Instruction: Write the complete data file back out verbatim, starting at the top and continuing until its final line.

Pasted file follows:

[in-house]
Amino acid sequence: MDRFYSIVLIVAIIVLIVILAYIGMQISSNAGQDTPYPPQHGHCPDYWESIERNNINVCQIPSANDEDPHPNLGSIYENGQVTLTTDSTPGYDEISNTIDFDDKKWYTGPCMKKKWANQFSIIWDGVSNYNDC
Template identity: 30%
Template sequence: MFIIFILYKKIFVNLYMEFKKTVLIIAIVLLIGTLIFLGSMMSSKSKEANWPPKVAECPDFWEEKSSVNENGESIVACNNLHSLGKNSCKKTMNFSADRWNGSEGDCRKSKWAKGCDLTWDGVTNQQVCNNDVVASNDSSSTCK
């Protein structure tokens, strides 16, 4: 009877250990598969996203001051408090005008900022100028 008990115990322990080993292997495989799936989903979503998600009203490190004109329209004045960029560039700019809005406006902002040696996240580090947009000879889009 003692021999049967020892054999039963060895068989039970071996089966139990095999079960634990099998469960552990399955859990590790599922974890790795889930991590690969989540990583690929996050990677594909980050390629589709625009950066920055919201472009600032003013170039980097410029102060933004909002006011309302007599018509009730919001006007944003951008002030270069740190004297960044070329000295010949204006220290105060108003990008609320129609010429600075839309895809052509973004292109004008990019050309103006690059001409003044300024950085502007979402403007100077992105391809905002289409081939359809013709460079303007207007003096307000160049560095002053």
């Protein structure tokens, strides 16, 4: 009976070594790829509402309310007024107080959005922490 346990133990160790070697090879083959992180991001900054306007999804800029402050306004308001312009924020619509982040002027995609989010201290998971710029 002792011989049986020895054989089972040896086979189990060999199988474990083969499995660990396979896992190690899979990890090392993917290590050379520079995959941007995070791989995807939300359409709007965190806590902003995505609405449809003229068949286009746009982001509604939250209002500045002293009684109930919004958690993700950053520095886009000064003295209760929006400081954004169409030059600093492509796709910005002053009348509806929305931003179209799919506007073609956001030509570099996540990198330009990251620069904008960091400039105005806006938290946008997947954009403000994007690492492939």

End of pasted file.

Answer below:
[in-house]
Amino acid sequence: MDRFYSIVLIVAIIVLIVILAYIGMQISSNAGQDTPYPPQHGHCPDYWESIERNNINVCQIPSANDEDPHPNLGSIYENGQVTLTTDSTPGYDEISNTIDFDDKKWYTGPCMKKKWANQFSIIWDGVSNYNDC
Template identity: 30%
Template sequence: MFIIFILYKKIFVNLYMEFKKTVLIIAIVLLIGTLIFLGSMMSSKSKEANWPPKVAECPDFWEEKSSVNENGESIVACNNLHSLGKNSCKKTMNFSADRWNGSEGDCRKSKWAKGCDLTWDGVTNQQVCNNDVVASNDSSSTCK
């Protein structure tokens, strides 16, 4: 009877250990598969996203001051408090005008900022100028 008990115990322990080993292997495989799936989903979503998600009203490190004109329209004045960029560039700019809005406006902002040696996240580090947009000879889009 003692021999049967020892054999039963060895068989039970071996089966139990095999079960634990099998469960552990399955859990590790599922974890790795889930991590690969989540990583690929996050990677594909980050390629589709625009950066920055919201472009600032003013170039980097410029102060933004909002006011309302007599018509009730919001006007944003951008002030270069740190004297960044070329000295010949204006220290105060108003990008609320129609010429600075839309895809052509973004292109004008990019050309103006690059001409003044300024950085502007979402403007100077992105391809905002289409081939359809013709460079303007207007003096307000160049560095002053």
């Protein structure tokens, strides 16, 4: 009976070594790829509402309310007024107080959005922490 346990133990160790070697090879083959992180991001900054306007999804800029402050306004308001312009924020619509982040002027995609989010201290998971710029 002792011989049986020895054989089972040896086979189990060999199988474990083969499995660990396979896992190690899979990890090392993917290590050379520079995959941007995070791989995807939300359409709007965190806590902003995505609405449809003229068949286009746009982001509604939250209002500045002293009684109930919004958690993700950053520095886009000064003295209760929006400081954004169409030059600093492509796709910005002053009348509806929305931003179209799919506007073609956001030509570099996540990198330009990251620069904008960091400039105005806006938290946008997947954009403000994007690492492939």